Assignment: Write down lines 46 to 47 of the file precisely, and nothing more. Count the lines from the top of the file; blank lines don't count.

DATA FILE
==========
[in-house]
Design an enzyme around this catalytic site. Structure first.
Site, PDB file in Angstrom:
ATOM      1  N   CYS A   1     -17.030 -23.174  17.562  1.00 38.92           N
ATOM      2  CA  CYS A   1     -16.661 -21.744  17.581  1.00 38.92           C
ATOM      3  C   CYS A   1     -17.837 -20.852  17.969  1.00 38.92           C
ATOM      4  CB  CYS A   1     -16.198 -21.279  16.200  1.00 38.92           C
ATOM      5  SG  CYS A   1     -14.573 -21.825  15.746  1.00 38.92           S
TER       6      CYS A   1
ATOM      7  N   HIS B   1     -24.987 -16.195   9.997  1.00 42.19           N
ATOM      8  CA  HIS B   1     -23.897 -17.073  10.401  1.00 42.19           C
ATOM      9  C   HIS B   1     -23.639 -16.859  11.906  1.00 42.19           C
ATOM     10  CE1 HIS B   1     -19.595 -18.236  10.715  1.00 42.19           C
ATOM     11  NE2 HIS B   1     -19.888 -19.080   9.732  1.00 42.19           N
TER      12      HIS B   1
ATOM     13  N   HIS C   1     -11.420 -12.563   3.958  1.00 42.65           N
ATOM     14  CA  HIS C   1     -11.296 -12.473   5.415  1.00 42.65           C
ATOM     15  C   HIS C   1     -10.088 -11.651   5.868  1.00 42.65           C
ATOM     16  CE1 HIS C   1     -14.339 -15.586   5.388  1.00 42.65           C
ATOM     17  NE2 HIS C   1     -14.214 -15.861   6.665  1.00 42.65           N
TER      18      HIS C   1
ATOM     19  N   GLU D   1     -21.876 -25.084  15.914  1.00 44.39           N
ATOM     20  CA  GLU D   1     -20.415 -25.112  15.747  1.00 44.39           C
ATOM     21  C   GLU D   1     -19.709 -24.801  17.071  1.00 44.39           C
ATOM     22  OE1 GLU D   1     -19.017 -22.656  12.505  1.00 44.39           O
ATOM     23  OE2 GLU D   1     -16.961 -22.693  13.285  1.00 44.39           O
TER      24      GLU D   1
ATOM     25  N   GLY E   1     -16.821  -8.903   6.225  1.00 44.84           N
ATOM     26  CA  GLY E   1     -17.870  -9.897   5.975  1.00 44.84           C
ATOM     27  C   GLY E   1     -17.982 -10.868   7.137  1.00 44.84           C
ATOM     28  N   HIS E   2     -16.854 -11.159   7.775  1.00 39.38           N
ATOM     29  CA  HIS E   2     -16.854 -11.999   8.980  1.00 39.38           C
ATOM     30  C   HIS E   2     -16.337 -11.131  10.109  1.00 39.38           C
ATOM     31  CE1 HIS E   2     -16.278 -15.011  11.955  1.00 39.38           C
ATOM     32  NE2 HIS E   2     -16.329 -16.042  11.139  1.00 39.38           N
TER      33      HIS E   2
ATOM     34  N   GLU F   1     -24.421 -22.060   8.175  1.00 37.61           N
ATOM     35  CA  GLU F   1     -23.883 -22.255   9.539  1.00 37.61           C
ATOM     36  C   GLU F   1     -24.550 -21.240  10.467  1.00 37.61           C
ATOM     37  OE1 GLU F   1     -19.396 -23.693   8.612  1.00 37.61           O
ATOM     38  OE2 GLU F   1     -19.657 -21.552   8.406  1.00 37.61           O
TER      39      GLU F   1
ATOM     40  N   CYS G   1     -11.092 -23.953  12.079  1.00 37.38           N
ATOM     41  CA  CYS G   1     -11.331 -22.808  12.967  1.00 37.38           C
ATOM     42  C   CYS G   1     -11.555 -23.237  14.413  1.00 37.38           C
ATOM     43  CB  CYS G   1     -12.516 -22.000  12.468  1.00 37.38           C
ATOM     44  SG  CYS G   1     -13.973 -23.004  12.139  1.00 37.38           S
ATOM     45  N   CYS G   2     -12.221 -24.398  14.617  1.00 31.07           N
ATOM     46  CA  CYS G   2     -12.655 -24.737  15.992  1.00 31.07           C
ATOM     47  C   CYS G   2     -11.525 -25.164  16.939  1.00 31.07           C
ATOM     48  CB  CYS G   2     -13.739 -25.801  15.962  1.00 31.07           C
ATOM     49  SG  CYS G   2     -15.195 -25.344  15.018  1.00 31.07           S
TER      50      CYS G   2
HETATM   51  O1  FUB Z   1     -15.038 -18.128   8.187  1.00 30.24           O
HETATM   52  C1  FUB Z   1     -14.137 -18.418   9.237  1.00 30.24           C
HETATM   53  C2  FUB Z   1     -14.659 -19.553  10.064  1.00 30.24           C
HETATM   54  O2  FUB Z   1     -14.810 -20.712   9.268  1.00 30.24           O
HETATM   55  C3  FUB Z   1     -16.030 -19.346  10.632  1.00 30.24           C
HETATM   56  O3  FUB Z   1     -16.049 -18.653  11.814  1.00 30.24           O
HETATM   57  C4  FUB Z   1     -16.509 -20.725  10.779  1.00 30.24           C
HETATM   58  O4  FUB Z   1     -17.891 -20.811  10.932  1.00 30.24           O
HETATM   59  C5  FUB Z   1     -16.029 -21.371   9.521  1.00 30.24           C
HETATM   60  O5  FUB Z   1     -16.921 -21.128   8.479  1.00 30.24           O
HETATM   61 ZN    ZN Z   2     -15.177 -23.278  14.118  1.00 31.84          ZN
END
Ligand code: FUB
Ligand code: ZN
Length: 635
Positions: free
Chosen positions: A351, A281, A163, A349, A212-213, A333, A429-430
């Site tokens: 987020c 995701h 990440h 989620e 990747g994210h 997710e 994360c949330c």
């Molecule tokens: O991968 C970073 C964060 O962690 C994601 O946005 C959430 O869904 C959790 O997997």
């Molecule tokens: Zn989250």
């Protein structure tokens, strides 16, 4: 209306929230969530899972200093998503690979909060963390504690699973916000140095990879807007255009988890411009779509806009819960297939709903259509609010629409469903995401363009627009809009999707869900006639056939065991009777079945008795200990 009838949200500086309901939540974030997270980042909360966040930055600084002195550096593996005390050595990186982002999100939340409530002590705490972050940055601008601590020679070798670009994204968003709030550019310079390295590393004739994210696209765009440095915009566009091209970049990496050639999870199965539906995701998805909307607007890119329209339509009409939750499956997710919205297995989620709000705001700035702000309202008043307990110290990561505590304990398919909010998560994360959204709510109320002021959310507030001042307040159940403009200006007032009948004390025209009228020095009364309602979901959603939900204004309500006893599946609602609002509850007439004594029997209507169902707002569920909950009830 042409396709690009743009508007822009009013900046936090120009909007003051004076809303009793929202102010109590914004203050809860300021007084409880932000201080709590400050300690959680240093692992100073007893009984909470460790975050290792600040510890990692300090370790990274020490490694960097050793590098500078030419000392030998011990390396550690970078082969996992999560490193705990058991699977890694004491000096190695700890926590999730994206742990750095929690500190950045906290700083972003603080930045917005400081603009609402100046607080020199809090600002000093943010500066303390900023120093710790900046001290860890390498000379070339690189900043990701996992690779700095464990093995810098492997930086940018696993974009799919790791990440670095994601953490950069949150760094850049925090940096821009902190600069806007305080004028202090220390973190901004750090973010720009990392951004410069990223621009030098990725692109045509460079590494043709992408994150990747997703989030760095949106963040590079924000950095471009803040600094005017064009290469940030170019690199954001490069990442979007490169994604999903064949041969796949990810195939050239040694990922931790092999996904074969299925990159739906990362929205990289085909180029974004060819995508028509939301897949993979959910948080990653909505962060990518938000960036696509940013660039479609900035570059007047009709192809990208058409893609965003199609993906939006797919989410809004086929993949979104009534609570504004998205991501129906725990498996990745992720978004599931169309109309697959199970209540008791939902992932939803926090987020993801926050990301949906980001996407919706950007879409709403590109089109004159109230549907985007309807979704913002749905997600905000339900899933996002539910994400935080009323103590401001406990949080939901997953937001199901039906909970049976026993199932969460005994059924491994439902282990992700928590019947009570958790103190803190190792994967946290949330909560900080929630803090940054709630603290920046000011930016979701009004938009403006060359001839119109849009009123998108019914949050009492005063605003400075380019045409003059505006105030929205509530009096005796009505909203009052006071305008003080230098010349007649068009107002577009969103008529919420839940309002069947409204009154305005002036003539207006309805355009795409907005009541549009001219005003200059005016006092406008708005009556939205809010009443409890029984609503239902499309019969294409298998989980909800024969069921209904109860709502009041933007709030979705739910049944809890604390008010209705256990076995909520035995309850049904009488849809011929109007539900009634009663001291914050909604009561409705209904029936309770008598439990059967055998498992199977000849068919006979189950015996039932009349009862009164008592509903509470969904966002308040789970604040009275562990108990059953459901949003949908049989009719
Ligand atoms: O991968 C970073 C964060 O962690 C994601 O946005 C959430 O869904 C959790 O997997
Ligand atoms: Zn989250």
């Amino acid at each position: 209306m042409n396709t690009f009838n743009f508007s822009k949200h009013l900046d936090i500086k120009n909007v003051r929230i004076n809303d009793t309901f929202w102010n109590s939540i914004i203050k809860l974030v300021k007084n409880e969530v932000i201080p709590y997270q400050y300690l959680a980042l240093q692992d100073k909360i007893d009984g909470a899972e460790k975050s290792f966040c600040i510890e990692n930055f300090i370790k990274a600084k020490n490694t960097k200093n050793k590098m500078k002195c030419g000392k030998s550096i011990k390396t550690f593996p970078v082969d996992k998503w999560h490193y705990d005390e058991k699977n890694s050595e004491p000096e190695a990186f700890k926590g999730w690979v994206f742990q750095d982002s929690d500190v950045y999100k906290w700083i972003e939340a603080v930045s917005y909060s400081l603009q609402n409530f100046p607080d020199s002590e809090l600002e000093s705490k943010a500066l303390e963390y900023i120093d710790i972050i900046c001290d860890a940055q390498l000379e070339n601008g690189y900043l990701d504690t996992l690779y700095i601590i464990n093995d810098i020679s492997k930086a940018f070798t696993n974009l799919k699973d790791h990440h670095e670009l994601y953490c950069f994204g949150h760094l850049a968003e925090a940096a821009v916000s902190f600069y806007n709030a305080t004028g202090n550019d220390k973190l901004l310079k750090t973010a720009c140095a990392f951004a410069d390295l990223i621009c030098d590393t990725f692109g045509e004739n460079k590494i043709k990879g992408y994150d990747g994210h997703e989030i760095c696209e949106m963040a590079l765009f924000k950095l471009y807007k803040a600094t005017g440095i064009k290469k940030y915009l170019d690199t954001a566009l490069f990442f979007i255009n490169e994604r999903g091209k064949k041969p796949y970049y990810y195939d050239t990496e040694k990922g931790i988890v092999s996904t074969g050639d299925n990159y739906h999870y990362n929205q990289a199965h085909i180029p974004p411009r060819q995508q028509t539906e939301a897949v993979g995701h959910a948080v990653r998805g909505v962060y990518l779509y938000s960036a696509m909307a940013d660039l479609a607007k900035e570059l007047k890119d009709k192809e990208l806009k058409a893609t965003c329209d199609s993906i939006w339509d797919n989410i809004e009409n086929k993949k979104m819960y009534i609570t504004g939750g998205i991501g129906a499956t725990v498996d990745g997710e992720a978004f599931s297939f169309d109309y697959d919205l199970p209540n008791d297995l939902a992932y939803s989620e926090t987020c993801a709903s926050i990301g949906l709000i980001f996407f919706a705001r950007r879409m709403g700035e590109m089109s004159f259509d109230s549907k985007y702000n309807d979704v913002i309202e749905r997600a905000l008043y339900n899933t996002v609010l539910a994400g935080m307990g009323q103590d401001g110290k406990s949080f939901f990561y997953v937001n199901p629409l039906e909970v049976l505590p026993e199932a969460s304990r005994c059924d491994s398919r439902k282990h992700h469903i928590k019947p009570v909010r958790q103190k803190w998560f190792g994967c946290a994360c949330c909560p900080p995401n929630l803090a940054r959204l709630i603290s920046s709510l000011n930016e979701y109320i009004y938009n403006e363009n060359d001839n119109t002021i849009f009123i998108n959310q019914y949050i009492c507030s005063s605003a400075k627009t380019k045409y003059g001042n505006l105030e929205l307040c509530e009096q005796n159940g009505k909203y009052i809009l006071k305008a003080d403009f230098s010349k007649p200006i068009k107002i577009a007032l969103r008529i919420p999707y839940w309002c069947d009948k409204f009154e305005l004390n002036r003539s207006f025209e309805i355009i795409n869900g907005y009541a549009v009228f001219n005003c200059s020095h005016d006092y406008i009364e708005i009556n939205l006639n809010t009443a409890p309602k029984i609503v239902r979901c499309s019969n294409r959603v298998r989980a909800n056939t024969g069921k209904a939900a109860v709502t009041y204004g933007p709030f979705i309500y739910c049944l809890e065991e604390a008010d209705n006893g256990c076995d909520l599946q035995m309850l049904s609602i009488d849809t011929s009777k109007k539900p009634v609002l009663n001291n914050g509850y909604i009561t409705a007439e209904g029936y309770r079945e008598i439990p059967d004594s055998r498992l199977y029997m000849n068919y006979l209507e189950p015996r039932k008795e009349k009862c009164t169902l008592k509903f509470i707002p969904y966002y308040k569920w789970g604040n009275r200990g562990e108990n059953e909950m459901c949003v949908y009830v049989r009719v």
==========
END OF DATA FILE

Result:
ATOM     43  CB  CYS G   1     -12.516 -22.000  12.468  1.00 37.38           C
ATOM     44  SG  CYS G   1     -13.973 -23.004  12.139  1.00 37.38           S